[Greetings Humanoids! Did you know we have a newsletter all about AI and quantum computing? You can subscribe to it right here]

So Google solved quantum computing?

No. No, no, no, no no. Don’t get me wrong. This is baby steps. This is infancy research. This is Antony van Leeuwenhoek becoming the first person to use a microscope to look at a drop of water under magnification.

Google's Sycamore quantum processor
Credit: Google
This is Google’s Sycamore quantum processor, which helped researchers observe the time crystal

What Google’s done, potentially, is prove that humans can manufacture time crystals. In the words of the researchers themselves:

These results establish a scalable approach to study non-equilibrium phases of matter on current quantum processors.

Basically they believe they’ve proven the concept, so now it’s time to see what can be done with it.

Then why is this so exciting?

Time crystals have always been theoretical. And by “always,” I mean: since 2012 when they were first hypothesized.

If Google’s actually created time-crystals, it could accelerate the timeline for quantum computing breakthroughs from “maybe never” to “maybe within a few decades.”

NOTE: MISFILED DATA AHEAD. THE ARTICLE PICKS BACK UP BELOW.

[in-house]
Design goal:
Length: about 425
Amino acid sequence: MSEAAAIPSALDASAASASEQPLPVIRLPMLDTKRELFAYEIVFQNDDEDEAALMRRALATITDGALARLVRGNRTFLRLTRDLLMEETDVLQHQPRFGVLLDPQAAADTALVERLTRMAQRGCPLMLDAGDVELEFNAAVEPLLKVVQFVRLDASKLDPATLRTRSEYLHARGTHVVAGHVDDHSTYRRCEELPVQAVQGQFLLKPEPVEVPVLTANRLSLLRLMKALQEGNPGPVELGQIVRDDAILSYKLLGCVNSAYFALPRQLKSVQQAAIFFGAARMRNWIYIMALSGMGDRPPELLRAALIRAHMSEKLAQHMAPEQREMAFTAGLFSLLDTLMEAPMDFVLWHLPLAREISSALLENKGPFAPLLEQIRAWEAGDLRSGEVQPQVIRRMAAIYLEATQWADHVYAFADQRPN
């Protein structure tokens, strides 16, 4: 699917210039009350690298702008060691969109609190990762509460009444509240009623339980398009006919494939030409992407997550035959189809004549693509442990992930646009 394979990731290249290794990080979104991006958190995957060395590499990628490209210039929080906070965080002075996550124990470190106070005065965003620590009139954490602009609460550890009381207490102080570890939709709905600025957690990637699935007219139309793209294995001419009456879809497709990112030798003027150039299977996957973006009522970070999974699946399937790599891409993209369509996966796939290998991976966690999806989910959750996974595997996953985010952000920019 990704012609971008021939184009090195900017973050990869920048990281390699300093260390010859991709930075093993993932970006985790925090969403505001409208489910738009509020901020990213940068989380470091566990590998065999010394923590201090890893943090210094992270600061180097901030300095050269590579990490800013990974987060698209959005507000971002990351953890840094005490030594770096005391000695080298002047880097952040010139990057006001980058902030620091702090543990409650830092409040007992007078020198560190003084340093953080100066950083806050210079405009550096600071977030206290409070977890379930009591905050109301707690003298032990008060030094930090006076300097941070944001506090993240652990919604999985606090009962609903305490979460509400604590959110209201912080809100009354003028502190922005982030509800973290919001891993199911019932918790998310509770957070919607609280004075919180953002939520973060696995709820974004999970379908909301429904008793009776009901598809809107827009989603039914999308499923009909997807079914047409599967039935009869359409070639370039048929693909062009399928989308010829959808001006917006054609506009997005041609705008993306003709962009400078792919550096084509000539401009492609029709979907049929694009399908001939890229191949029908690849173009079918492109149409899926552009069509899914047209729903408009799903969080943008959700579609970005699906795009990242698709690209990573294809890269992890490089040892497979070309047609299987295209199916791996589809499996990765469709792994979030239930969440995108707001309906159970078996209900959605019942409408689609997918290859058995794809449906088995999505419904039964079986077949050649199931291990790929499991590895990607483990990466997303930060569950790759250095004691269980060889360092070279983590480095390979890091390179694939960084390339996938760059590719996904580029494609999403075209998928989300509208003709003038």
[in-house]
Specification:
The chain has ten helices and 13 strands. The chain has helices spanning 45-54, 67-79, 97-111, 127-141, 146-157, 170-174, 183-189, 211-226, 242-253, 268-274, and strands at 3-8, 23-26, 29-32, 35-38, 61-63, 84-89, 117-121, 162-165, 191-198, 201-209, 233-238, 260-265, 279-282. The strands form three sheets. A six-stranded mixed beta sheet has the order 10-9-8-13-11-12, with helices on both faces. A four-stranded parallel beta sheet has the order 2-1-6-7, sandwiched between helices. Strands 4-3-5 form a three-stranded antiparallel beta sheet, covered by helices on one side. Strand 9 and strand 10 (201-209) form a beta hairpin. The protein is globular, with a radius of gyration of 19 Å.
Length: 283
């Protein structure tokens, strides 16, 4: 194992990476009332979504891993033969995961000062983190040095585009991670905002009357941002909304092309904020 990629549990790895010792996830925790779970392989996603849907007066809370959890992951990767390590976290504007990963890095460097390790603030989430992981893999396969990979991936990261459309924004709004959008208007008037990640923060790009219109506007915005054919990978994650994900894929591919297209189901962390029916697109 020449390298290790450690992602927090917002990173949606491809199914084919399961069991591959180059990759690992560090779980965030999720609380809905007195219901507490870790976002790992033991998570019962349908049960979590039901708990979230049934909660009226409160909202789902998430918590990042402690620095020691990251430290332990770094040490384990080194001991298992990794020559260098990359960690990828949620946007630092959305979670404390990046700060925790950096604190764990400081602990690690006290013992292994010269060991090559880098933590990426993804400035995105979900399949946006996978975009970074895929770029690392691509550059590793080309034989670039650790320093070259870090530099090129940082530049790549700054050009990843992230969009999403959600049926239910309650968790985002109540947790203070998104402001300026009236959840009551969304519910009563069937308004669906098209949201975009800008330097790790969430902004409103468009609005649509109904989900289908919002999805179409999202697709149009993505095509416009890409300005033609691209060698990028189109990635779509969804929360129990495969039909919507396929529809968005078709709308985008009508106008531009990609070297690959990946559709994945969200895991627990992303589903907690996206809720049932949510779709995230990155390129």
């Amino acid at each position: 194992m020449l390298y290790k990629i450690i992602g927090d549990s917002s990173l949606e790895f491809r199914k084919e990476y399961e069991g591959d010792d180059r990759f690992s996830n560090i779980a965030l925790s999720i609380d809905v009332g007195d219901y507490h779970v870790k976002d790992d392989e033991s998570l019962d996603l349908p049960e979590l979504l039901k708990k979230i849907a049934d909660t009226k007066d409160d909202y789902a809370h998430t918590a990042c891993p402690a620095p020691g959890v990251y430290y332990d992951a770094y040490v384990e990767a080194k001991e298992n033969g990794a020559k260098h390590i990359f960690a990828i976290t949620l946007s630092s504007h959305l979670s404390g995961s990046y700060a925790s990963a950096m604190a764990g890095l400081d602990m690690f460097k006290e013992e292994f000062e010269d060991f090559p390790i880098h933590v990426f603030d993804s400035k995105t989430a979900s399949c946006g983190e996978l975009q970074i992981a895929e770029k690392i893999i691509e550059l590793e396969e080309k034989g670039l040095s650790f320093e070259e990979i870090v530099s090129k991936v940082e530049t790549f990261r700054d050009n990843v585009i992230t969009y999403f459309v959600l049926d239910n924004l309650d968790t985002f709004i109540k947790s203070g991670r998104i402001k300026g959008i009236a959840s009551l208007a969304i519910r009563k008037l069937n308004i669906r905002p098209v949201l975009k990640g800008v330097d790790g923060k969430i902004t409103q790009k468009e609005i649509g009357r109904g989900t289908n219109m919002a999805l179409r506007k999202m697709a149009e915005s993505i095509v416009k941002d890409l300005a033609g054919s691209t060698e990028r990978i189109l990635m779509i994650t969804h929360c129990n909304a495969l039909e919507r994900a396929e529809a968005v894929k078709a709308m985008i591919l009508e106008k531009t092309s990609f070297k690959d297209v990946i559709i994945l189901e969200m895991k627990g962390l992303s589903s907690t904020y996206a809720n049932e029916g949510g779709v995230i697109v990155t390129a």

At the far-fetched, super-optimistic end of things – we could see the creation of a working warp drive in our lifetimes. Imagine taking a trip to Mars or the edge of our solar system, and being back home on Earth in time to catch the evening news.

And, even on the conservative end with more realistic expectations, it’s not hard to imagine quantum computing-based chemical and drug discovery leading to universally-effective cancer treatments.

This could be the big eureka we’ve all been waiting for. I can’t wait to see what happens in peer-review.

If you want to know more, you can read Google’s paper here. The company published a simple explainer in November 2021 here. And if you’re looking for a technical deep-dive into the scientific specifics of what the researchers accomplished in the lab, this piece on Quanta Magazine by Natalie Wolchover is the bee’s knees.